War on emissions is often mistakenly regarded as a war on economic development and on the freedom to dream of a better future, says Gold. “That is a very comfortable middle-class viewpoint.”

Ten per cent of the richest and most powerful economies are responsible for 50 per cent of emissions and for exporting the notion of private wealth and luxury. “That 10 per cent haven’t yet experienced the crushing effects of climate change” and associated poverty so evident in developing countries.

“We need to go to war on our emissions but cannot do that without restructuring and redistributing income,” Gold says. “We are facing two competing logics leading us in different directions – the logic of growth, of extraction, of profit – and there’s a logic of sufficiency, of conservation. But these two logics are now conflicting increasingly in everyday life.”

In some countries emissions may have peaked but the global trend is upwards. Timelines are critical, she stresses, yet there is little indication of global shift.

She welcomes signs of change in thinking, however, such as “that hothouse of radicals, the Financial Times, calling for a questioning of that obsession with growth” and countries, such as Norway, adopting the doughnut economy model. Also known as “the moral economy”, this is a sustainable model of economics aiming to remain within climate limits while ensuring people’s needs are met.

Ireland is not shifting its emissions trajectory downwards “even with the great list of [recent] policy changes”. Major sectoral changes are needed, especially in agriculture and transport. Communities are “remaking the logic of consumption ... Officialdom, the policy sphere, needs to catch up with the immensity and urgency of this challenge”.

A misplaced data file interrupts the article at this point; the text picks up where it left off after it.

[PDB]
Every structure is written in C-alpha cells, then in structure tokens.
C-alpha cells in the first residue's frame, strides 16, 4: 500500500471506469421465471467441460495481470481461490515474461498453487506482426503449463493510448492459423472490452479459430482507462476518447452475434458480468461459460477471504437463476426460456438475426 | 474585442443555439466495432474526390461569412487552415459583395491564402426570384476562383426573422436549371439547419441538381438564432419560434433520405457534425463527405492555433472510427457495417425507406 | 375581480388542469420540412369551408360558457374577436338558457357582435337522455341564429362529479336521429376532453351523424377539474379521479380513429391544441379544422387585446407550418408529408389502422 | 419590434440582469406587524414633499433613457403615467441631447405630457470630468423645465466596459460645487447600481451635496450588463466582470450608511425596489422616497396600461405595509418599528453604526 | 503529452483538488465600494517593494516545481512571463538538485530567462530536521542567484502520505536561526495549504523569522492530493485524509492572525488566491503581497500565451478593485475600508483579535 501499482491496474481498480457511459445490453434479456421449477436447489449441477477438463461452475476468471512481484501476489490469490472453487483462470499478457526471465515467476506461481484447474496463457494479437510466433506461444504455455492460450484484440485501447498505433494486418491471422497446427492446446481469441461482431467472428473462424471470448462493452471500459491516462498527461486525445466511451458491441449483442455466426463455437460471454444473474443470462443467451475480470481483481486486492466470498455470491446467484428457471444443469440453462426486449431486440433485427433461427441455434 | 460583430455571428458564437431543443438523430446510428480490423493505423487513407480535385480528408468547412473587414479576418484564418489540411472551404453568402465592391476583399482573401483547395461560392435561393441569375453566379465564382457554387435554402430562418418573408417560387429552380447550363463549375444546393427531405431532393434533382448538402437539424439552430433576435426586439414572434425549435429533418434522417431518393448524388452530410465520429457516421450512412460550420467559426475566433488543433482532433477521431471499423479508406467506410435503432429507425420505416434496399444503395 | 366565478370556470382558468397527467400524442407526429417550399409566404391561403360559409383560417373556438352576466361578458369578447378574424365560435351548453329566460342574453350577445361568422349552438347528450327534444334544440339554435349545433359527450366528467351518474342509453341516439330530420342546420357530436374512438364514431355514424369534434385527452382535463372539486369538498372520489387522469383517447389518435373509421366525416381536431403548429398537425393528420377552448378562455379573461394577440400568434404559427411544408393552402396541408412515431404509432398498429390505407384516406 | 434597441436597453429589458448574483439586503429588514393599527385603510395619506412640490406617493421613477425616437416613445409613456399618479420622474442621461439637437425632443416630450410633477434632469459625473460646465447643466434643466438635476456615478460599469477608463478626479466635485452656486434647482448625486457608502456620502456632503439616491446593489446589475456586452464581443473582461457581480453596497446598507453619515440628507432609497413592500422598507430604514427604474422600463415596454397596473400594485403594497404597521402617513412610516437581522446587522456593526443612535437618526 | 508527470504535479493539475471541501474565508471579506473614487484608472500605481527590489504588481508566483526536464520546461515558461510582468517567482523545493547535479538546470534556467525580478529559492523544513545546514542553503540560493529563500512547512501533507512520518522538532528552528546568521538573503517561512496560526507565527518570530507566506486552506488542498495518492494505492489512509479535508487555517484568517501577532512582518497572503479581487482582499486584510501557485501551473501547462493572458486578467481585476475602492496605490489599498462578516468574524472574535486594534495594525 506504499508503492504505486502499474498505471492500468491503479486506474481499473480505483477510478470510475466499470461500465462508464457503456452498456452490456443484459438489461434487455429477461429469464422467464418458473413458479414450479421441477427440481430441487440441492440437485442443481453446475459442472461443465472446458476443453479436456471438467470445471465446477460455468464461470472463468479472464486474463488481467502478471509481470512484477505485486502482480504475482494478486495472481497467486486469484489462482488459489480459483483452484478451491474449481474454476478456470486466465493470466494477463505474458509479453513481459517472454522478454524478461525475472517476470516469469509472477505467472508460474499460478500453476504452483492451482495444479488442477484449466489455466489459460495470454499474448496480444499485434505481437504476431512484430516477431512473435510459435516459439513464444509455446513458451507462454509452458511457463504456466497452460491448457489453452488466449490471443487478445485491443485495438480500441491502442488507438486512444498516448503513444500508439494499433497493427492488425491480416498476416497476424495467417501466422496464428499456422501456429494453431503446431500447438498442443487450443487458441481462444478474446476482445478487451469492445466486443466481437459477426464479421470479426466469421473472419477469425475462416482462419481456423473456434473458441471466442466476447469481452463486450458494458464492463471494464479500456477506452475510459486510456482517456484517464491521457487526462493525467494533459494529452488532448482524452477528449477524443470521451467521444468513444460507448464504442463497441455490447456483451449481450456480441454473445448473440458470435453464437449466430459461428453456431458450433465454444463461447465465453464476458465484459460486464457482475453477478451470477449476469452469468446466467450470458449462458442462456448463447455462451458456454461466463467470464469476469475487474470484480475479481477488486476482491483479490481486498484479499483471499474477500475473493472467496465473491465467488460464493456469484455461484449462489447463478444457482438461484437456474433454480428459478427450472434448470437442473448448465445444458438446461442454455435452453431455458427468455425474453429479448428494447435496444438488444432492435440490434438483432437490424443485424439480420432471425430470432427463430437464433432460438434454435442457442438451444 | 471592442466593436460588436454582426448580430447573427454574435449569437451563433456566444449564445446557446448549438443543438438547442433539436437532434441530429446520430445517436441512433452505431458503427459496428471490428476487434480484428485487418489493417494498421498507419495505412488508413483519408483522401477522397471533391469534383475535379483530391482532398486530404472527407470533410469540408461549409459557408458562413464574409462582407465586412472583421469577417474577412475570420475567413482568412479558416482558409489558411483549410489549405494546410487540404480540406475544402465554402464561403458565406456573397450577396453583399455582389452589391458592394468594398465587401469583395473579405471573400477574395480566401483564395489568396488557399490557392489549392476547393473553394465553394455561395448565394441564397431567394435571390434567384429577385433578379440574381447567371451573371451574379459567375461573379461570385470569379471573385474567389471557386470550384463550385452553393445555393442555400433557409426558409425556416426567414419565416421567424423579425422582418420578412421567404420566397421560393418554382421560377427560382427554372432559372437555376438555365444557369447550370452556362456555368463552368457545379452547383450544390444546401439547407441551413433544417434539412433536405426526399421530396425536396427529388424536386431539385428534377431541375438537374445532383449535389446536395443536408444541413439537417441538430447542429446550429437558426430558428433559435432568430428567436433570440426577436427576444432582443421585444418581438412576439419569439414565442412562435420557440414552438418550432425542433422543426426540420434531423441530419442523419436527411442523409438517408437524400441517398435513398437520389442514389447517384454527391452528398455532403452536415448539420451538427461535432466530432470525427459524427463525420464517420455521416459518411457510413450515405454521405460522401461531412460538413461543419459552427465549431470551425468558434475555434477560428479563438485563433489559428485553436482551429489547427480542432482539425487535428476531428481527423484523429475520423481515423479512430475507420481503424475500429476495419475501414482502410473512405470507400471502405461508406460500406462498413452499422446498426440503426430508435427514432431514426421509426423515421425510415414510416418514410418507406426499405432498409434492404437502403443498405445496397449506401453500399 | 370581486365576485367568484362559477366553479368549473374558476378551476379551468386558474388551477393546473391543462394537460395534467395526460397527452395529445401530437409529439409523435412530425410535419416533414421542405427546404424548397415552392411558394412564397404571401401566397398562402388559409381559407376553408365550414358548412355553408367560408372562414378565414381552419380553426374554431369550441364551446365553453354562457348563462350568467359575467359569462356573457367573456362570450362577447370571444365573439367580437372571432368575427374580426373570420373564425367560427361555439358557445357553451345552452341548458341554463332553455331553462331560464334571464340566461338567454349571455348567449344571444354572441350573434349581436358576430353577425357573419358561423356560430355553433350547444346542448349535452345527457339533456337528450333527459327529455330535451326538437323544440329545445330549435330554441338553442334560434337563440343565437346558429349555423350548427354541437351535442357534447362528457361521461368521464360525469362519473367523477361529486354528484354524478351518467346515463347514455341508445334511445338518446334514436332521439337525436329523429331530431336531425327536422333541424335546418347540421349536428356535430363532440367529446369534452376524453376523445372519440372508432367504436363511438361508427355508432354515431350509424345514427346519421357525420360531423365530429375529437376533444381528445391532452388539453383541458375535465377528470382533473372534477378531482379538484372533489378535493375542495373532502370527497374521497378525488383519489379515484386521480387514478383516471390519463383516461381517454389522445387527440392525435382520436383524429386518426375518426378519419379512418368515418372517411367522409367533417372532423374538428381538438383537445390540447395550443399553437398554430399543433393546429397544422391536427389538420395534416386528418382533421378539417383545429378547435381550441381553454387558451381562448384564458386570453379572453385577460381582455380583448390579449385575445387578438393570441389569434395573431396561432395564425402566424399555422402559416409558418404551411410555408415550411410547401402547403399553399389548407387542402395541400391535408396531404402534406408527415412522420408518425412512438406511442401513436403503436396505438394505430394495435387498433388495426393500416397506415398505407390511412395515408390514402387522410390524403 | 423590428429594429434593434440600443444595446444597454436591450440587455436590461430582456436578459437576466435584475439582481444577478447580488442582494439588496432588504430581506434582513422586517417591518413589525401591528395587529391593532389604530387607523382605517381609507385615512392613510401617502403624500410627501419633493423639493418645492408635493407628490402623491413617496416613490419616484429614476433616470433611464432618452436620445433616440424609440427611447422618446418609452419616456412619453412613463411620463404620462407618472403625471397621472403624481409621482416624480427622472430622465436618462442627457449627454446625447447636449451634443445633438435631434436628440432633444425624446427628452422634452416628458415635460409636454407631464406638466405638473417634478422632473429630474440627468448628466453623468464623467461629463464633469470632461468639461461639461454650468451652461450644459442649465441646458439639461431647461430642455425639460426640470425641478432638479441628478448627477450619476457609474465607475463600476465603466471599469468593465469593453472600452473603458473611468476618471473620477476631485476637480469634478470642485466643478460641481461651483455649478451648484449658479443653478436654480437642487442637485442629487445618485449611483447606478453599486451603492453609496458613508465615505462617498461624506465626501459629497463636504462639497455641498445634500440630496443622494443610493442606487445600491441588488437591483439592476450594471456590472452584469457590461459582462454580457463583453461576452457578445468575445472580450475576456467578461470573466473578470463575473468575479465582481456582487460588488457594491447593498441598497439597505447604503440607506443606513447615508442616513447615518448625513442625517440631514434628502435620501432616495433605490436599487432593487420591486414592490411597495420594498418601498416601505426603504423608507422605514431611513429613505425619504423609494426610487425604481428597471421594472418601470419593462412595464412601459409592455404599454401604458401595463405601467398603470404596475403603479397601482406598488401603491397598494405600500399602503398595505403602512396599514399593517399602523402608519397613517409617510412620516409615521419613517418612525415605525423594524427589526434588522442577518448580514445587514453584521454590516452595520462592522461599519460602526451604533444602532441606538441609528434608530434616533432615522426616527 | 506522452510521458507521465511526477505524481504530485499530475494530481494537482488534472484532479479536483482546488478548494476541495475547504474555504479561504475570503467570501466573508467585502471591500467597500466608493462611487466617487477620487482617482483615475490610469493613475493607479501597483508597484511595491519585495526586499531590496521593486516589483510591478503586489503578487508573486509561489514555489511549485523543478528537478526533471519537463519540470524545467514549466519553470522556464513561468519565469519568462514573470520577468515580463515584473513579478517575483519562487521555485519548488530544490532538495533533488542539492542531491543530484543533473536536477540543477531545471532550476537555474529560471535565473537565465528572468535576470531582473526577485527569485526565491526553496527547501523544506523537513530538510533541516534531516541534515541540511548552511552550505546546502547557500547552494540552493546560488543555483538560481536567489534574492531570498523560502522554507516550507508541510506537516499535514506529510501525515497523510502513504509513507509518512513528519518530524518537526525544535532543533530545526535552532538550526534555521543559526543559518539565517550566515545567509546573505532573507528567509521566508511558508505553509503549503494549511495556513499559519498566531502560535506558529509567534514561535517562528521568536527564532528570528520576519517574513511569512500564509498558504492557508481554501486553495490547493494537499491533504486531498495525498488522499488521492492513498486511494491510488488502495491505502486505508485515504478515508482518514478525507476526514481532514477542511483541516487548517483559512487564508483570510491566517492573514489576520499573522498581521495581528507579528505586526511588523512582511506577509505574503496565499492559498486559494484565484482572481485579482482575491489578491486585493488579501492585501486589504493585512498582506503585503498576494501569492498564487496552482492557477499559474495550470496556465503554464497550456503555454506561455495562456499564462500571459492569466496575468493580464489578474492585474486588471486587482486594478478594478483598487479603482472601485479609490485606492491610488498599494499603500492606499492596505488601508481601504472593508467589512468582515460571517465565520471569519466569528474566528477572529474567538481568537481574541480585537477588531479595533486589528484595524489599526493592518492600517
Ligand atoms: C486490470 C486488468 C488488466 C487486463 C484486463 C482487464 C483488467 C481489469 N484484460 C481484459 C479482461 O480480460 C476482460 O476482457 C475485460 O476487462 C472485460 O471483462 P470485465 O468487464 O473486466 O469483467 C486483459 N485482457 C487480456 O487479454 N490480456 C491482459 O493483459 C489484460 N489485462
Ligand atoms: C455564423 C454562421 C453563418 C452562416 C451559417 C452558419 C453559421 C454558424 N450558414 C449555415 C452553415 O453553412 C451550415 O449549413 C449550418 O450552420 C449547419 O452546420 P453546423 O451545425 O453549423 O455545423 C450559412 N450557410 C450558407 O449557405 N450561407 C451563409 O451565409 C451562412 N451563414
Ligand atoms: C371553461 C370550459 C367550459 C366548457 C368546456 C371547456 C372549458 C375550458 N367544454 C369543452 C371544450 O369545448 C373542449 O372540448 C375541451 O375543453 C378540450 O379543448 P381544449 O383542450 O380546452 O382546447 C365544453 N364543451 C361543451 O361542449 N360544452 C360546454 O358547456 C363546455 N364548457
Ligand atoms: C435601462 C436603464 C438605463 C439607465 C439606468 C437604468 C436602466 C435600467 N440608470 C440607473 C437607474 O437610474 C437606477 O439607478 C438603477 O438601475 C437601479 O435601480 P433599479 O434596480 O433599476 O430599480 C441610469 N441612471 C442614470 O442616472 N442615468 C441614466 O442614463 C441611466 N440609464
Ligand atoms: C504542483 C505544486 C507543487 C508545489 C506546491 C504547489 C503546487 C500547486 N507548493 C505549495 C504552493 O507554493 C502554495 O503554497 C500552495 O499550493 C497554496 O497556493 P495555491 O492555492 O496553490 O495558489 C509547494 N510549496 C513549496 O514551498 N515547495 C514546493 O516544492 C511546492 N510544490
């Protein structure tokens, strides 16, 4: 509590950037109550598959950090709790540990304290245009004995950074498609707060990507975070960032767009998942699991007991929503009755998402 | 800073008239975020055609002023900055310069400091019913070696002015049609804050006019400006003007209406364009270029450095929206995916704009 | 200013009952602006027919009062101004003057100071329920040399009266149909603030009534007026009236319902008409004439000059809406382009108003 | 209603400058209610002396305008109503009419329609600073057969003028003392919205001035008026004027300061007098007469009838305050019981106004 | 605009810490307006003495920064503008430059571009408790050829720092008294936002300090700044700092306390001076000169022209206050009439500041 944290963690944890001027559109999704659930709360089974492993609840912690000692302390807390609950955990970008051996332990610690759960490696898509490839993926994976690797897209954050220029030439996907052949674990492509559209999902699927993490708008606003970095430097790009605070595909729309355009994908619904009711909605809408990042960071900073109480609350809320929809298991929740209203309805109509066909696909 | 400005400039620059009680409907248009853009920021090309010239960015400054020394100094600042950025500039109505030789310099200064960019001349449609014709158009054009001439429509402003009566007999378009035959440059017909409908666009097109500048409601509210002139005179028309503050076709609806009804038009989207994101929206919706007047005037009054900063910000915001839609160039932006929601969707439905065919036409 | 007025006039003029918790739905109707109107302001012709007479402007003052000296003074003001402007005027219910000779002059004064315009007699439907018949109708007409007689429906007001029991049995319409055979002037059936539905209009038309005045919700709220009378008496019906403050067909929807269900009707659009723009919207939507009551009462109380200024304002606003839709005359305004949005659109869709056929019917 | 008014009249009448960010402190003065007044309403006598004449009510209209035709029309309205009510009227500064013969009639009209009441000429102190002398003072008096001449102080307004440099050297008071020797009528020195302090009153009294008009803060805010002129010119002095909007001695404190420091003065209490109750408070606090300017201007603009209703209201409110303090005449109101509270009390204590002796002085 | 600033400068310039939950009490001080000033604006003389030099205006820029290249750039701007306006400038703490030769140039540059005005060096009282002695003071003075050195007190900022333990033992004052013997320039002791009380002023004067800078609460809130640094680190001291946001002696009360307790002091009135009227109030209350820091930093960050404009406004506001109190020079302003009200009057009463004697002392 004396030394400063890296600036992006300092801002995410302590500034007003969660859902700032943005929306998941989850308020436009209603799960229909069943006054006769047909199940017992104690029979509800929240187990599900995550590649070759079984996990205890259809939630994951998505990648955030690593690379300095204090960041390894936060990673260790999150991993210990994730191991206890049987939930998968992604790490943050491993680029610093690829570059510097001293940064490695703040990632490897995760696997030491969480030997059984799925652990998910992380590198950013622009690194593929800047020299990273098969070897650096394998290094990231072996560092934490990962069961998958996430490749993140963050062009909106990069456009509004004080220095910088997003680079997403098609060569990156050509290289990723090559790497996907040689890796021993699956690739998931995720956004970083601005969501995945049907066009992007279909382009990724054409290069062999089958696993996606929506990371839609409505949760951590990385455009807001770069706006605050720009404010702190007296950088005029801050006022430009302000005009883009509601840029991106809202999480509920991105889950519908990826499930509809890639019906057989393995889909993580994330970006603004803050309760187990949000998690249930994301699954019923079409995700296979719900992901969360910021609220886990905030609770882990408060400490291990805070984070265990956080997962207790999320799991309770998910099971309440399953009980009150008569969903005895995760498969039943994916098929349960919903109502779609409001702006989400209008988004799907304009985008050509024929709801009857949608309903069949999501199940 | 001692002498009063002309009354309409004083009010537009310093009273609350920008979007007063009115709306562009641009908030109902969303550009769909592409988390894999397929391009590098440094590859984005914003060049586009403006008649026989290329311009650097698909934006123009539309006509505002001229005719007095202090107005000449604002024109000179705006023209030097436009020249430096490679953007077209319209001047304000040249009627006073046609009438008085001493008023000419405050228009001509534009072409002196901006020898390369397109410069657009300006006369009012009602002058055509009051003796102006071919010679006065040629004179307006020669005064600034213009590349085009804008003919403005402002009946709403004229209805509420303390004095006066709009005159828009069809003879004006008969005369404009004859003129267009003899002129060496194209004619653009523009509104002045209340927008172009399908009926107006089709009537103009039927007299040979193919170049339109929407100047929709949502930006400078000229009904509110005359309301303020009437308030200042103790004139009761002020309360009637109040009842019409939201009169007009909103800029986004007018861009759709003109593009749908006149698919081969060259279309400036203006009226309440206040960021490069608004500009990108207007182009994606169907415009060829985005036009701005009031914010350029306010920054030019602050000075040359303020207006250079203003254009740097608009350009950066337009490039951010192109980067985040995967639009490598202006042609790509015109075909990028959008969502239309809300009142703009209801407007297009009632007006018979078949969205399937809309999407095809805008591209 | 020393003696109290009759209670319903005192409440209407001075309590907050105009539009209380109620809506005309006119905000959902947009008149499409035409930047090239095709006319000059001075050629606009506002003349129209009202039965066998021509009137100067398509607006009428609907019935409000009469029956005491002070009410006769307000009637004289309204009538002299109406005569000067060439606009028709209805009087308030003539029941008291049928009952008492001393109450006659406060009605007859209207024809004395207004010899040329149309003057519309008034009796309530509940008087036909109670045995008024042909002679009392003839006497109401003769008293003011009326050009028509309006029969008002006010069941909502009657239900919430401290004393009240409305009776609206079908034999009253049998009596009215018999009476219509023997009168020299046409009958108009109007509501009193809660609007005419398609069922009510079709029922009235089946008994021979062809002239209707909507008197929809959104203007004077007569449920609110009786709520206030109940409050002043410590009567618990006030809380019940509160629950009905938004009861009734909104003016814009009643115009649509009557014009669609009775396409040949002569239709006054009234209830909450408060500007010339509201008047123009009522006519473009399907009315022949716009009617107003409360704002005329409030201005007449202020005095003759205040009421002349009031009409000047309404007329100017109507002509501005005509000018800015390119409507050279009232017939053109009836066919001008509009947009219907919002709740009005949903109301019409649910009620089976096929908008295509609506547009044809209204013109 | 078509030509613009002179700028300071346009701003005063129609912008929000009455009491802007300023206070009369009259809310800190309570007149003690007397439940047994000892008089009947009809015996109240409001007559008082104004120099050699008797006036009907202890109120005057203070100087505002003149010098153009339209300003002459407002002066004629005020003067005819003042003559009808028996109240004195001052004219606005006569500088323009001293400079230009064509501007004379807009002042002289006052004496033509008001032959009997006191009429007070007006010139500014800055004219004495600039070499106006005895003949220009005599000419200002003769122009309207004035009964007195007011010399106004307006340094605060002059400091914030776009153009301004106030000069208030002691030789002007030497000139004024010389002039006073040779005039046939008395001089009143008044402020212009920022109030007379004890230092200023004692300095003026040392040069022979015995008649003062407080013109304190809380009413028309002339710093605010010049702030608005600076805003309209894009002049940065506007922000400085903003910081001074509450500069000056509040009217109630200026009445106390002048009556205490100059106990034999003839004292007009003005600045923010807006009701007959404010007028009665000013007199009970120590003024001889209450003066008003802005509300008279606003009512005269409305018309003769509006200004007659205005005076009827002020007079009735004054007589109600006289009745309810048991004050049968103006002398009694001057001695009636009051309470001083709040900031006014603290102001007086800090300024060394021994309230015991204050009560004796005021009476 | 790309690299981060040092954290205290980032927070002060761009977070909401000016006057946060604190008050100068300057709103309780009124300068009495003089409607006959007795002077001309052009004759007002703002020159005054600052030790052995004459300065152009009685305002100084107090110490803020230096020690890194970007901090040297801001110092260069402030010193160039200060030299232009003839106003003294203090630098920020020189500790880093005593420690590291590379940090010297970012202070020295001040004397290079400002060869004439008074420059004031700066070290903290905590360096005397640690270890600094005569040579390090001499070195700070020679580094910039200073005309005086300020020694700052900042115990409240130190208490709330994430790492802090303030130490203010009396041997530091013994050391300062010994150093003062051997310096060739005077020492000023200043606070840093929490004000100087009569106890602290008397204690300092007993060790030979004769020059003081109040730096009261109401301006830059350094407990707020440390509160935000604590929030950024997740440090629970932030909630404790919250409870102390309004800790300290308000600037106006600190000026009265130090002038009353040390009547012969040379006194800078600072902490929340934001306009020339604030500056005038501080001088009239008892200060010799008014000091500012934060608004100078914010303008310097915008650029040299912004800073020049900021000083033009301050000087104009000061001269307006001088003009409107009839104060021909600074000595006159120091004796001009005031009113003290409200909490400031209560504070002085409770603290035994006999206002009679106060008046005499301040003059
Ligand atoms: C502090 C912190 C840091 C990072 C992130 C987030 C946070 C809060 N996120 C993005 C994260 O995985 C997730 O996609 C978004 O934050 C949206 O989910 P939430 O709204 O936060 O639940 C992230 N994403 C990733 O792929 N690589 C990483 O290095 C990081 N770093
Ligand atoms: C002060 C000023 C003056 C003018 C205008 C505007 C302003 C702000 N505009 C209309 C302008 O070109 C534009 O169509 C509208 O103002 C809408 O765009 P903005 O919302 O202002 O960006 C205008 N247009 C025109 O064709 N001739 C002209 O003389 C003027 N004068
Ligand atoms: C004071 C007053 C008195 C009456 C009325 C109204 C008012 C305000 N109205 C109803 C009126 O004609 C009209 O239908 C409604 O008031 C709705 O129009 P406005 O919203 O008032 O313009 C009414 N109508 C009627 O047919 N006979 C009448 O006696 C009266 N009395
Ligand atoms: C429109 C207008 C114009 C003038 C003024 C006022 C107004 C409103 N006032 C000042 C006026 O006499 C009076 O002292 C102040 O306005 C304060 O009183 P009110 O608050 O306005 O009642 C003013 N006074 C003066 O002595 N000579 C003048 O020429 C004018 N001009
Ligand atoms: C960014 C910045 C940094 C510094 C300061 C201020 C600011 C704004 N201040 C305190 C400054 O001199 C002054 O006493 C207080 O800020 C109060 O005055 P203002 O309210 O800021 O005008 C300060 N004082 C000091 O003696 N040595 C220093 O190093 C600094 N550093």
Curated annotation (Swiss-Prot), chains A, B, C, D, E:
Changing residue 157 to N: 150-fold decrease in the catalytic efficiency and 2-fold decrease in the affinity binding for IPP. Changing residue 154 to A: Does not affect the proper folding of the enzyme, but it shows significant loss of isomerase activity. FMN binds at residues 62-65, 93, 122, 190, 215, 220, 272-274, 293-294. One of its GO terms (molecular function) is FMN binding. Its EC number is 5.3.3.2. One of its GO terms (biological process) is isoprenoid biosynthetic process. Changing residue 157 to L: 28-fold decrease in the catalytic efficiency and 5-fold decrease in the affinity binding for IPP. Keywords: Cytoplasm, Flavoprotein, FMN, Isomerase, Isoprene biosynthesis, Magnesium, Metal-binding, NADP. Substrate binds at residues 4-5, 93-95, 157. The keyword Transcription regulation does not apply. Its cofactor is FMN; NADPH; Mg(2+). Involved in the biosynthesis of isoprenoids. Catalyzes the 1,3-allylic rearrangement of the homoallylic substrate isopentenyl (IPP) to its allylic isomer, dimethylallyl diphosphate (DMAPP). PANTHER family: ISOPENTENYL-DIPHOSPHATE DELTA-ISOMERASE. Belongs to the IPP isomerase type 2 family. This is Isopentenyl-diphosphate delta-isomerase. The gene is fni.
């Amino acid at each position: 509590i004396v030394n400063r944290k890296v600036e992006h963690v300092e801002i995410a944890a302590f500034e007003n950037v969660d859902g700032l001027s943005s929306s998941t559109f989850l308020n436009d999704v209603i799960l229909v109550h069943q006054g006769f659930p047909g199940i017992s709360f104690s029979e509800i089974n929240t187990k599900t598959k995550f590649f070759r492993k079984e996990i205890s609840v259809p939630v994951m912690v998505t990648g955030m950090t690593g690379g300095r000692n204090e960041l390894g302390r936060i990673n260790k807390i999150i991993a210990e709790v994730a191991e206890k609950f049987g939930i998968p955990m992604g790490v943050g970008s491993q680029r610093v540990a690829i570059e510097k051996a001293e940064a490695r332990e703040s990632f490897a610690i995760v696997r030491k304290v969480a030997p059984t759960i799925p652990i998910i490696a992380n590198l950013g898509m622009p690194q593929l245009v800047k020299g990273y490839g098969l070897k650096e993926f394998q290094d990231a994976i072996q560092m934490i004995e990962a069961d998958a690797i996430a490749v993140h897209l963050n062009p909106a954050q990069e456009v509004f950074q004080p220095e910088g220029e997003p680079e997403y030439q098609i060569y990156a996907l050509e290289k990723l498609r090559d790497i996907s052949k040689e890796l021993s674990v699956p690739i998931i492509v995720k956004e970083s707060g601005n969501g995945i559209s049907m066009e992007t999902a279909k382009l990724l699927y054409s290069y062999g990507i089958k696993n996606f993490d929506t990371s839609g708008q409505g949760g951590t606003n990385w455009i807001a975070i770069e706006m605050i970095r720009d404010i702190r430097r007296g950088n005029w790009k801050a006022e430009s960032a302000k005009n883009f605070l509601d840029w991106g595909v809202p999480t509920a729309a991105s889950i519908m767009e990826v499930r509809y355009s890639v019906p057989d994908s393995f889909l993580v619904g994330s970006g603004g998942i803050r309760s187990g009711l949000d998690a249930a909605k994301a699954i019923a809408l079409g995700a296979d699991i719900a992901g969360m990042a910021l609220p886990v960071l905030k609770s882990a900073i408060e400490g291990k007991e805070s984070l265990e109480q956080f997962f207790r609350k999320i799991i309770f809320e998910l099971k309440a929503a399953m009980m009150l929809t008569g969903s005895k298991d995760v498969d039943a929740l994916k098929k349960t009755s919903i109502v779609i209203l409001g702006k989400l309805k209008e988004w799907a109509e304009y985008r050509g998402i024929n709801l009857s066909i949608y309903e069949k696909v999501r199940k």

Key actions to tilt the curve, Gold suggests, include adopting the doughnut model in a national policy framework to compel interdisciplinary thinking; putting an overall “zero emissions” objective into law, no new investment in fossil fuels, and broadening the expertise and diversity of the Climate Change Advisory Council.

She welcomes the Youth Assembly on Climate call for corporation tax tied into emissions reductions, and advocates VAT on luxury items, a frequent flyer tax and a financial transaction tax to fund public good.

And all that is not enough to get where we need to be and infused with sufficient urgency. There is a huge task needed in capturing people’s imagination, in winning hearts and minds. This communications exercise has to be integrated into education and workplaces.

No guarantee

It has been a year of substantial gains on the Irish political front, according to Friends of the Earth director Oisín Coghlan, with the all-party committee on climate action playing a pivotal role, notably on climate governance, introducing carbon budgets and establishing a powerful standing committee on climate action. But there is a grave risk it will be undone if reinforcing legislation is not in place before the general election.

“The Climate Action Plan is only a political initiative – it is not yet on a statutory footing. There is no guarantee it outlives the Minister [Richard Bruton] and Government that initiated and adopted it. We risk a significant hiatus as the next government and new ministers find their feet. There is no guarantee the next government will prioritise, or even support, a standing committee.”

The only guarantee is a decision by way of amendment to Standing Orders (the rules of the Oireachtas) to set up the committee, Coghlan says. It will help ensure the 2030 National Energy and Climate Plan and the 2050 Long-Term Strategy, which have to be sent to Brussels in weeks, are robust.